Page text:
Rayleigh quotient iteration

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Rayleigh quotient iteration is an eigenvalue algorithm which extends the idea of the inverse iteration by using the Rayleigh quotient to obtain increasingly accurate eigenvalue estimates.

Rayleigh quotient iteration is an iterative method, that is, it must be repeated until it converges to an answer (this is true for all eigenvalue algorithms). Fortunately, very rapid convergence is guaranteed and no more than a few iterations are needed in practice. The Rayleigh quotient iteration algorithm converges cubically for Hermitian or symmetric matrices, given an initial vector that is sufficiently close to an eigenvector of the matrix that is being analyzed.

Algorithm[edit]

The algorithm is very similar to inverse iteration, but replaces the estimated eigenvalue at the end of each iteration with the Rayleigh quotient. Begin by choosing some value \mu_0 as an initial eigenvalue guess for the Hermitian matrix A. An initial vector b_0 must also be supplied as initial eigenvector guess.

Calculate the next approximation of the eigenvector b_{i+1} by


b_{i+1} = \frac{(A-\mu_i I)^{-1}b_i}{||(A-\mu_i I)^{-1}b_i||},
where I is the identity matrix, and set the next approximation of the eigenvalue to the Rayleigh quotient of the current iteration equal to

\mu_i = \frac{b^*_i A b_i}{b^*_i b_i}.

To compute more than one eigenvalue, the algorithm can be combined with a deflation technique.

Example[edit]

Consider the matrix


A = 
\left[\begin{matrix}
1 & 2 & 3\\
1 & 2 & 1\\
3 & 2 & 1\\
\end{matrix}\right]

for which the exact eigenvalues are \lambda_1 = 3+\sqrt5, \lambda_2 = 3-\sqrt5 and \lambda_3 = -2, with corresponding eigenvectors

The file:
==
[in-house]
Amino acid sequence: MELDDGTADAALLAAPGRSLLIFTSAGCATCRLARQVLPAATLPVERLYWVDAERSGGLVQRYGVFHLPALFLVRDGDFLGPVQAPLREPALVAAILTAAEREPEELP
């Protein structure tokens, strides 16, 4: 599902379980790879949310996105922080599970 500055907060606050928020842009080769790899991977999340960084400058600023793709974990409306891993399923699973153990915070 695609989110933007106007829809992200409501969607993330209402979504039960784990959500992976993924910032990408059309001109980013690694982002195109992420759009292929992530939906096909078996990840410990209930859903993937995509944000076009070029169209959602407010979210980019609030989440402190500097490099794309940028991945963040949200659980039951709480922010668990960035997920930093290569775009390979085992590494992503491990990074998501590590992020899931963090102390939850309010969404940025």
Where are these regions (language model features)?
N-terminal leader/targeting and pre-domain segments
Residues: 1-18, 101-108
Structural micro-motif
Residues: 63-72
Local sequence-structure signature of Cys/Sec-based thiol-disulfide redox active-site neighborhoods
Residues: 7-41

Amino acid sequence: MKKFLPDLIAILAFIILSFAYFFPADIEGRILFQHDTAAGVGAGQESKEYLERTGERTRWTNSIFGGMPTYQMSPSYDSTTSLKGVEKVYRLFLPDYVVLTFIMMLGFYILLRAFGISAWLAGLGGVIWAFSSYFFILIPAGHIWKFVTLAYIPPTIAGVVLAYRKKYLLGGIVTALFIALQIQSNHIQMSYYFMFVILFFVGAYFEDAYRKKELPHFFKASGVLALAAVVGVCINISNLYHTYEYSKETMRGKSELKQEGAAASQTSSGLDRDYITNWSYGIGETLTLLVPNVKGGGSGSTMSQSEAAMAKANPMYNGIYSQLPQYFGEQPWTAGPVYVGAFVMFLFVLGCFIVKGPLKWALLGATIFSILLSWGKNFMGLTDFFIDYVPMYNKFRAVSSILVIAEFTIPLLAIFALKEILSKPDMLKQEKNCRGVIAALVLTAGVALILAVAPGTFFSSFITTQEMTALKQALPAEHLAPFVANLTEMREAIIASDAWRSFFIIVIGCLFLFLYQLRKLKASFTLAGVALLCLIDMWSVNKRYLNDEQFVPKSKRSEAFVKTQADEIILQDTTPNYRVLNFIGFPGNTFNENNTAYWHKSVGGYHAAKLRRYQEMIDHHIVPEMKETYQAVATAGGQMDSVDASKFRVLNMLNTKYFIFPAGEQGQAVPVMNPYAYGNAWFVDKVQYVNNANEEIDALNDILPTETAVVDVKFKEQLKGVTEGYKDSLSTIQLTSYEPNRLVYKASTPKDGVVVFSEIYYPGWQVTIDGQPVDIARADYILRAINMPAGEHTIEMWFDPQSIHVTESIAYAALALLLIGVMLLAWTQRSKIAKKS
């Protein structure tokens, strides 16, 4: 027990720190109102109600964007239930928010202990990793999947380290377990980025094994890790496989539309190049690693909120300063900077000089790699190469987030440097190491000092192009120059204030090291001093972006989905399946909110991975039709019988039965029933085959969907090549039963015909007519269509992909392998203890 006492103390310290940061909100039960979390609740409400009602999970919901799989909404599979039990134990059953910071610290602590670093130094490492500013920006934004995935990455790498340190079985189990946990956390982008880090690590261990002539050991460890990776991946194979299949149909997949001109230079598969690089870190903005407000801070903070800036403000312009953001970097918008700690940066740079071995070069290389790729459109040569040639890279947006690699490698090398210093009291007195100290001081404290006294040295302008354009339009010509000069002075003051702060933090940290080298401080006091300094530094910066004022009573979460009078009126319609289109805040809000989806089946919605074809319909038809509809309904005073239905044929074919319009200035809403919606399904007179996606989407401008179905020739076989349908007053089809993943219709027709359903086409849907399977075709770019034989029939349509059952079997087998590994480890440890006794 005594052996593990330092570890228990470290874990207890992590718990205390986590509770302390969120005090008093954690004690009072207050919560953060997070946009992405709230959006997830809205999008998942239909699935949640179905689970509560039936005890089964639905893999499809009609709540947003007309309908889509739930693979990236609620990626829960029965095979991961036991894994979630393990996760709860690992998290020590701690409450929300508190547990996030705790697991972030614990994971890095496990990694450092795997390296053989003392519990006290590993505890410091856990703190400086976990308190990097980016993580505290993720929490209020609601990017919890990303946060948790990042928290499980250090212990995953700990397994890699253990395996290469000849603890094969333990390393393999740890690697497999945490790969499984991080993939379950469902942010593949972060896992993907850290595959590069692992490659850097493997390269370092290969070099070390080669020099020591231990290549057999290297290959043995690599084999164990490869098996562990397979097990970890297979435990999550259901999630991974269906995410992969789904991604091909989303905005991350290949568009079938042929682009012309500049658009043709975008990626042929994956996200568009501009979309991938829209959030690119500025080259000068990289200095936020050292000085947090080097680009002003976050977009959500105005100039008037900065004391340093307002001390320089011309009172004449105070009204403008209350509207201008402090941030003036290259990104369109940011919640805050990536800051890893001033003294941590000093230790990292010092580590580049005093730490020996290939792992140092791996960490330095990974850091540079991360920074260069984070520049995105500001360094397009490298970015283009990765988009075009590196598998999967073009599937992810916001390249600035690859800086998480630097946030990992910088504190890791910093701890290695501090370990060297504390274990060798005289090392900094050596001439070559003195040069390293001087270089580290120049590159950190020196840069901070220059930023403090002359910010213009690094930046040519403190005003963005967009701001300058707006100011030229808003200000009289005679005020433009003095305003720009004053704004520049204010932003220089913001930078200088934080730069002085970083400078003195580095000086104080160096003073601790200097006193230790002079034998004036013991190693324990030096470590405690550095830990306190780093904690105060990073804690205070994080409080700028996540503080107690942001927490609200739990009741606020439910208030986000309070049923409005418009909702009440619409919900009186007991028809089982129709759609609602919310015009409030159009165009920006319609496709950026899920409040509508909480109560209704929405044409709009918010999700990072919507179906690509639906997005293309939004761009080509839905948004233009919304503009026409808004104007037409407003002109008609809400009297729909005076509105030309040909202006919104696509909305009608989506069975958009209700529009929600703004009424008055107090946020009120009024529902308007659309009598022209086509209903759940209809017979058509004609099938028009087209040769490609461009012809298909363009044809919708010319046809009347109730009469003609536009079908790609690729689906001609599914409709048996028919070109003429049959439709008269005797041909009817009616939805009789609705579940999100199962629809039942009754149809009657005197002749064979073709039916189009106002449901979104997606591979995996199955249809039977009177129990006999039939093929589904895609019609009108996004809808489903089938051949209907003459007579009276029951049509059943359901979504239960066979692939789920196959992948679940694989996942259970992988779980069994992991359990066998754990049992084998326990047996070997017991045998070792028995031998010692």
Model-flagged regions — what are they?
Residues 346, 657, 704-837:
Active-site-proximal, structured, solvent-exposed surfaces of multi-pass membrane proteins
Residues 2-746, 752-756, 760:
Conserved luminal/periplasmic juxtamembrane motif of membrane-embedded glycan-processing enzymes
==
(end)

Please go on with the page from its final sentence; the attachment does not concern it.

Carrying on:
v_1 = \left[
\begin{matrix}
   1 \\
   \varphi-1 \\
   1 \\
\end{matrix}\right], v_2 = \left[
\begin{matrix}
   1 \\
   -\varphi \\
   1 \\
\end{matrix}\right] and v_3 = \left[
\begin{matrix}
   1 \\
   0 \\
   1 \\
\end{matrix}\right].

(where \textstyle\varphi=\frac{1+\sqrt5}2 is the golden ratio).

The largest eigenvalue is \lambda_1 \approx 5.2361 and corresponds to any eigenvector proportional to v_1 \approx \left[
\begin{matrix}
   1 \\
   0.6180 \\
   1 \\
\end{matrix}\right].

We begin with an initial eigenvalue guess of

b_0 =
\left[\begin{matrix}
  1 \\
  1 \\
  1 \\
\end{matrix}\right], ~\mu_0 = 200.

Then, the first iteration yields

b_1 \approx 
\left[\begin{matrix}
  -0.57927 \\
  -0.57348 \\
  -0.57927 \\
\end{matrix}\right], ~\mu_1 \approx 5.3355

the second iteration,

b_2 \approx 
\left[\begin{matrix}
   0.64676 \\
   0.40422 \\
   0.64676 \\
\end{matrix}\right], ~\mu_2 \approx 5.2418

and the third,

b_3 \approx 
\left[\begin{matrix}
  -0.64793 \\
  -0.40045 \\
  -0.64793 \\
\end{matrix}\right], ~\mu_3 \approx 5.2361

from which the cubic convergence is evident.

Octave Implementation[edit]

The following is a simple implementation of the algorithm in Octave.

function x = rayleigh(A,epsilon,mu,x)
  x = x / norm(x);
  y = (A-mu*eye(rows(A))) \ x;
  lambda = y'*x;
  mu = mu + 1 / lambda
  err = norm(y-lambda*x) / norm(y)
  while err > epsilon
    x = y / norm(y);
    y = (A-mu*eye(rows(A))) \ x;
    lambda = y'*x;
    mu = mu + 1 / lambda
    err = norm(y-lambda*x) / norm(y)
  end
end

See also[edit]

References[edit]

  • Lloyd N. Trefethen and David Bau, III, Numerical Linear Algebra, Society for Industrial and Applied Mathematics, 1997. ISBN 0-89871-361-7.
  • Rainer Kress, "Numerical Analysis", Springer, 1991. ISBN 0-387-98408-9